One of the many glaring contrasts between the Pharisee and the tax collector is the way they prayed to God. As I commented earlier, the Pharisee was telling God what a good guy he is and was looking down on other people. God already knew what he did so there was no purpose in giving God his resume. He was being boastful and arrogant. However, the tax collector was being repentant and asked for God’s mercy. The usual understanding of mercy is that we receive from God what we don’t deserve. Instead of being punished, we receive mercy. Greek language experts report that there are two places in the New Testament where the Greek word is translated as a special kind of mercy. It is in the tax collector’s prayer and also in Hebrews 2:17. He is asking God to cover his sins with an atoning sacrifice. In his prayer of repentance, he asks for forgiveness that involves God covering his sins so that they will not be counted against him. We have such mercy through the sacrificial death of Jesus on the Cross. Your sins are fully forgiven because of what Jesus did for you. As we trust that Jesus did all that was necessary for salvation, our sins are forgiven. They are covered by the blood Jesus shed on the Cross. The tax collector recognizes that his sin is so severe that he needs it covered by an atoning sacrifice.
What about the Pharisee? Weren’t his sins forgiven? It is clear from his prayer that he is not recognizing who he is before God but just bragging. It is not really a prayer. He is telling God what a good guy he is. He speaks about thanking God but he is just congratulating himself on what a good Jew he is. In essence, he does not need God. His righteousness does not come from God but from himself. He is self-righteous. One writer commented, “The Pharisee had beautiful religious feelings when he went to the temple. He felt right with God and with life. So comforting were his religious feelings that he felt sure he was in the kingdom of God. His heart told him so. But his heart told him a lie.” Feelings can be deceptive. The Pharisee’s religious feelings deceived him.
The parable shows the comparison between one full of pride and another full of humility. The Pharisee’s prayer is the prayer of a prideful man. Someone once wrote that “pride is a blend of self-absorption (narcissism) with an overestimate of one’s abilities or worth; that’s conceit. A proud person thinks a lot about himself and also thinks a lot about himself.” A prideful person has an excessively high opinion of himself and of his importance. It is obvious that the Pharisee had a great deal of unhealthy pride.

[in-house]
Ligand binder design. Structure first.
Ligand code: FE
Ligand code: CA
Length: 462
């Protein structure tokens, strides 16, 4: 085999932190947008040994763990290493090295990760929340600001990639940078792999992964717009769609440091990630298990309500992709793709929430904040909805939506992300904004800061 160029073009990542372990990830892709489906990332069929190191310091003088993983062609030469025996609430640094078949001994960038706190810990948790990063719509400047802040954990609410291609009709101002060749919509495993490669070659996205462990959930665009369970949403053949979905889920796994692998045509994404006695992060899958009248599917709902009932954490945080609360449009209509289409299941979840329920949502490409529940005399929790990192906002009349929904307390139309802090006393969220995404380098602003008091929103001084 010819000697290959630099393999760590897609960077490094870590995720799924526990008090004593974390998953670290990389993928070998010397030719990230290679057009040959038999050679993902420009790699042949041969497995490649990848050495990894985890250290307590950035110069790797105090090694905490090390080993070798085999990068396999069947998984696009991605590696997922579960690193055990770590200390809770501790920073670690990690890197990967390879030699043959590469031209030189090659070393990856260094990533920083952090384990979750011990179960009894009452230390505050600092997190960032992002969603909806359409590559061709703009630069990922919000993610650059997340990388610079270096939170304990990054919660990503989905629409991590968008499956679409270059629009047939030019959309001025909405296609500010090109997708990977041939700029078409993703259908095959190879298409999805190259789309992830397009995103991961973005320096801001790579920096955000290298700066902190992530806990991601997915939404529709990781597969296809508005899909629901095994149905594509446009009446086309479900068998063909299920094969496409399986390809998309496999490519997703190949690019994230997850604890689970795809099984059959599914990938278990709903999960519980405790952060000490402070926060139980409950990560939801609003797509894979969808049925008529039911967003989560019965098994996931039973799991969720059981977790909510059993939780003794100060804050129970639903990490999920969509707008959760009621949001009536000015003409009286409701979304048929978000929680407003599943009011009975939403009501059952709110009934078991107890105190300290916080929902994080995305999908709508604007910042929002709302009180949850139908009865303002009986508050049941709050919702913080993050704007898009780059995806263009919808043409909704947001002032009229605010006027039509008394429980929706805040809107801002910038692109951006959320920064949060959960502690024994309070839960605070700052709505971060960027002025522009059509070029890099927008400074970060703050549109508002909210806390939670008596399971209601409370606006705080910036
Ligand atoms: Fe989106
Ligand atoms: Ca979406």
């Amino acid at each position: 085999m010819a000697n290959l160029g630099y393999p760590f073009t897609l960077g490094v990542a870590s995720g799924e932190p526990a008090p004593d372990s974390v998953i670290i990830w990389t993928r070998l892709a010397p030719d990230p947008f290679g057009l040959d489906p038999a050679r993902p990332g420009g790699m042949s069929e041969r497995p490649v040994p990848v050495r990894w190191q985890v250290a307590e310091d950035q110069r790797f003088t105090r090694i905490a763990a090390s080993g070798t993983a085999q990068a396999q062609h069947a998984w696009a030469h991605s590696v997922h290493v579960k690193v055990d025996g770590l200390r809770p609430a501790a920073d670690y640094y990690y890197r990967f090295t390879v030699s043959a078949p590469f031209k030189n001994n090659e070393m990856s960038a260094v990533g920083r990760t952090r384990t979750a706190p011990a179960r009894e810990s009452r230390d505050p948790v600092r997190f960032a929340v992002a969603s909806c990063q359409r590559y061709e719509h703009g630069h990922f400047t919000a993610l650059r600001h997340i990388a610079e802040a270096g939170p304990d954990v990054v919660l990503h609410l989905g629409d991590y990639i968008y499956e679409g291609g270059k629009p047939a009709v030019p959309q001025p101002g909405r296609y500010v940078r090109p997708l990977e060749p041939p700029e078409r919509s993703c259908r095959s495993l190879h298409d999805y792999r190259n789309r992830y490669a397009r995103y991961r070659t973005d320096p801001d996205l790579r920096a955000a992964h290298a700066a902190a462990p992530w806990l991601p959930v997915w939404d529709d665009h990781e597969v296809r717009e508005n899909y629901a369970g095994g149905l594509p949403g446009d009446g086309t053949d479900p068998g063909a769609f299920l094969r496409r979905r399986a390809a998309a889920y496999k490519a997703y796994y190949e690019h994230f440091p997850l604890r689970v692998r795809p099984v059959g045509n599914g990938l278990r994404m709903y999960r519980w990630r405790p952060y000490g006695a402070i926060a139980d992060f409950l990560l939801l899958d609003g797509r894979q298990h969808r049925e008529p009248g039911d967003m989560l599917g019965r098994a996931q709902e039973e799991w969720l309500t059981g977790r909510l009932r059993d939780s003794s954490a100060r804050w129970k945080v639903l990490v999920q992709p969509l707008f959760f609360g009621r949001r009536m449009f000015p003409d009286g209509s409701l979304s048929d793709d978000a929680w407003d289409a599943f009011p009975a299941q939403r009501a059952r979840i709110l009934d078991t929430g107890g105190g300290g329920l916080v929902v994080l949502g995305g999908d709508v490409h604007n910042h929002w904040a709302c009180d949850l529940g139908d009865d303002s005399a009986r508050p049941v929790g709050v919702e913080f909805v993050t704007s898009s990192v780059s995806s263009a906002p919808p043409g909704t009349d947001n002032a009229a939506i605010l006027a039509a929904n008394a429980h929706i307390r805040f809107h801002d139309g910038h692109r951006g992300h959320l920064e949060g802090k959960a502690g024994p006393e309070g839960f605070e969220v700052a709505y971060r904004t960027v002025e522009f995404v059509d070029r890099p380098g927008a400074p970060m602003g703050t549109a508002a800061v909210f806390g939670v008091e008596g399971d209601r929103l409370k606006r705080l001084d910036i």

In contrast with pride, the tax collector revealed humility. He was not arrogant before God and did not tell God anything more than he needed mercy. His posture was that of humility as he prayed with his head down. Of course, he had reached rock bottom and realized his only salvation was with and from the Lord God. A good definition of humility is that a person has a modest or low view of their own importance. In the New Testament there are over 200 references to humility. It is obviously a key Christian value. Peter comments: “And all of you must clothe yourselves with humility in your dealings with one another, for God opposes the proud, but gives grace to the humble. Humble yourselves, therefore, under the mighty hand of God, so that he may exalt you in due time (1 Peter 5:5-6).” Peter includes in his comments about humility a quote from Proverbs 3:34, “God opposes the proud but gives grace to the humble.” Being prideful is in opposition to God but he gives grace to the humble.
The Pharisee obviously forgot or did not understand the Scriptures. The prophet Micah writes, “He has told you, O mortal, what is good; and what does the Lord require of you but to do justice, and to love kindness, and to walk humbly with your God (Micah 6:8)?” Being a man or woman of God requires one to cultivate humility. One cannot pray sincerely without genuine humility. A proudful prayer is not prayer at all. The Pharisee in the parable did not pray. He just bragged to God about what a religious paragon he was. Indeed, he followed the Law of Moses but he became self-sufficient and did not acknowledge his need for and dependence on God. The parable is about the Pharisee who no longer recognized his need for God. Martin Luther made a generalization: “There are only two sorts of people in the world: sinners who think themselves righteous and the righteous who think themselves sinners.” Which kind of person are you? The Pharisee was a sinner who thought himself righteous.
Jesus ends the parable with a one-two punch. The first punch: “I tell you that this man (the tax collector), rather than the other, went home justified before God (Luke 18:14a).” Justification is a technical term meaning “declared righteous.” He was declared righteous not on the basis of anything he did but by the grace of God. The second punch: “For all those who exalt themselves will be humbled, and those who humble themselves will be exalted (Luke 18:14b).”
I’ll leave you with a prayer of Martin Luther King, Jr.: “O God, I ain’t what I ought to be, and I ain’t what I’m gonna be, but by your grace, I ain’t what I used to be.”
Sermon preached by CH (COL) Michael W. Malone at Veterans Memorial Chapel